Five Things You Should Know about The Book of Mormon Before You See the Show

Broadway smash-hit The Book of Mormon is back in Portland and set to delight and offend, probably in equal measure. For a quick primer—and our takeaway from Wednesday’s opening night—read on.

By Sylvia Randall-Muñoz, Ramona DeNies, and Fiona McCann January 14, 2016

Photo three. the book of mormon company.  the book of mormon.  credit joan marcus  2015 xyplut

Scene from The Book of Mormon.

Image: Joan Marcus

It’s still Broadway’s hottest ticket, over four years into its run; now the musical returns to Portland, with a buzzing opening Wednesday, Jan 13, at the Keller. We’ve put together five things (including our Arts Team’s takeaway from opening night) you should know about the show that’s got critics raving—and one religion (guess!) even taking out advertisements in the program.

1. It's a box office smash hit

The show first came through Portland in December 2012 for a compact six-day run, then returned for two weeks in summer 2014. Third time around, you’ve got through Jan 24 (15 shows total) to catch the show that Variety says has “made a habit of breaking box office records.” (In 2014, it logged the highest gross return ever for one week of a national tour; tickets still routinely top $200.)

2. It was written by Matt Stone and Trey Parker, aka the creators of South Park

Stone and Parker are not exactly known for their reverence, and the Book of Mormon pokes serious fun at The Church of Jesus Christ of Latter-day Saints. But when NPR’s Terry Gross pointed out in an interview that the Mormons in the show come across as lovable and optimistic all the same, Parker had this to say: “I don't think anybody would want to see a two-hour-long Mormon-bashing, and we wouldn't want to see that either. We love the goofiness of Mormon stories. Some of them are incredulous, and we loved almost all the Mormons that we had ever met. So this was sort of this conundrum that we like to talk about — we think what they believe is really, really ridiculous, and yet they seem like pretty happy people.”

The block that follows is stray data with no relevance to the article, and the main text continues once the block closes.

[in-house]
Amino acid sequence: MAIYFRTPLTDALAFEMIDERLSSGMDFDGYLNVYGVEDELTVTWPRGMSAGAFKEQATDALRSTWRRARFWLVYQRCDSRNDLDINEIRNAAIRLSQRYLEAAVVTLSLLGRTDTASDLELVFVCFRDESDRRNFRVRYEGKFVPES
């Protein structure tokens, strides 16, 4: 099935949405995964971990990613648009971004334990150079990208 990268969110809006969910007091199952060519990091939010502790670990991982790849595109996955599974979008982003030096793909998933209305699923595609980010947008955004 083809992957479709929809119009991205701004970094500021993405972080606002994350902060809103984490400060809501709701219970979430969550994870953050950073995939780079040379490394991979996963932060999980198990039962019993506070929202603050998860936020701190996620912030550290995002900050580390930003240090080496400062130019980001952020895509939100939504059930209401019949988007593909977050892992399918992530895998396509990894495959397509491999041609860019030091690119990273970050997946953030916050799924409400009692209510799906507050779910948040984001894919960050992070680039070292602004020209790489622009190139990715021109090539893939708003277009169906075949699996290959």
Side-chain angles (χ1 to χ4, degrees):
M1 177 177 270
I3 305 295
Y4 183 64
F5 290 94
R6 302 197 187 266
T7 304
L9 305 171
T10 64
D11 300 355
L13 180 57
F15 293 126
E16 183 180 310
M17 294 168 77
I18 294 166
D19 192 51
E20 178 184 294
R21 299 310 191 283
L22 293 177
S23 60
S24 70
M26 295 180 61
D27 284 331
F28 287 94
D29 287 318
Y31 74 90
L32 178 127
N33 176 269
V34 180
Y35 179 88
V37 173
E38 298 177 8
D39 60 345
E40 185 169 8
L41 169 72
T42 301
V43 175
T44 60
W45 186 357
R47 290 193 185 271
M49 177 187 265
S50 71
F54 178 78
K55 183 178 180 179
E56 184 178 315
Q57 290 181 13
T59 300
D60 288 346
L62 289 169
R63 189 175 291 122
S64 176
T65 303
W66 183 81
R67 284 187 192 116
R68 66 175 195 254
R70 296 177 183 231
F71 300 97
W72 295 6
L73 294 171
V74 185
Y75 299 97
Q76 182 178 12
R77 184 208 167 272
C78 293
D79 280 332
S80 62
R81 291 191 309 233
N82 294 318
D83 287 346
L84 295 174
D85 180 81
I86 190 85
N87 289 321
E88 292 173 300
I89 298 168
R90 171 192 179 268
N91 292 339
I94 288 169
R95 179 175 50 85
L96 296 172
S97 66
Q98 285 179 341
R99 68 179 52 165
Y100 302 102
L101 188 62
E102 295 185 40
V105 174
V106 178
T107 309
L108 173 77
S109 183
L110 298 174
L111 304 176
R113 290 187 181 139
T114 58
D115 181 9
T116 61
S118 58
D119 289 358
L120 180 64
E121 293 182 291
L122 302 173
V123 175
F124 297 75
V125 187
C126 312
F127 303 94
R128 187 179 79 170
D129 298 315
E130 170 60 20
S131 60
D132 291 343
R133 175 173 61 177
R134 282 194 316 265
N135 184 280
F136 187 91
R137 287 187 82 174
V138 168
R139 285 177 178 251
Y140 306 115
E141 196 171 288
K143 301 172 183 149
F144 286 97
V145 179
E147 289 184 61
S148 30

3. Critics LOVED it

New York Times critic Ben Brantley called it “the best new musical (so far, anyway) of the 21st century." In a fittingly expletive-laden endorsement from Jon Stewart, the former Daily Show host said it was “so f**king good it makes me angry.” Plus, it's won nine Tonys, four Drama Desk Awards, four Outer Critics Circle Awards, and a Grammy for the Best Musical Theater Album in 2012.

4. The LDS weighed in

The church lampooned in this production gave a measured response you can still see on its website: “The production may attempt to entertain audiences for an evening, but the Book of Mormon as a volume of scripture will change people's lives forever by bringing them closer to Christ.”

Not that this church is passively waiting for you in the wings—programs handed out at the Keller on opening night sported three full-page LDS ads suggesting that those who’ve seen the play “now read the book.”

5. We think you should see it

Opening night intermission at Book of Mormon saw plenty of unease amidst the excitement. After all, this is a musical where prophets simulate sex with frogs, missionaries routinely mangle the name of Ugandan heroine Nabulungi (Namba Gamba, Nasonex, Neiman Marcus, etc.), and holy books are shoved up asses. Such crude humor should not surprise anyone familiar with the past work of creators Matt Stone and Trey Parker (South Park, Cannibal! the Musical), and it often seems like one of their targets is the Broadway musical itself: its reductionism, expansive song-and-dance explosions, and often unexamined feel-goodery. Yet here it’s deftly handled and expertly executed, with some serious spectacle and hummable tunes.

And though it might feel the height of insensitivity for Portland audiences (on opening night, few of whom, we imagine, were either Mormon or Ugandan) to relax and fully enjoy the mad onslaught of blaspheming, stereotyping, and cultural mockery, that’s just what we suggest you do. Have faith! Because underneath the bathroom humor, these skilled storytellers weave a tale that goes to the heart of why many people look to religion in the first place: the redemptive, stubborn power of a good story. —RD and FM

The Book of Mormon is at the Keller Auditorium from January 14 through 24.

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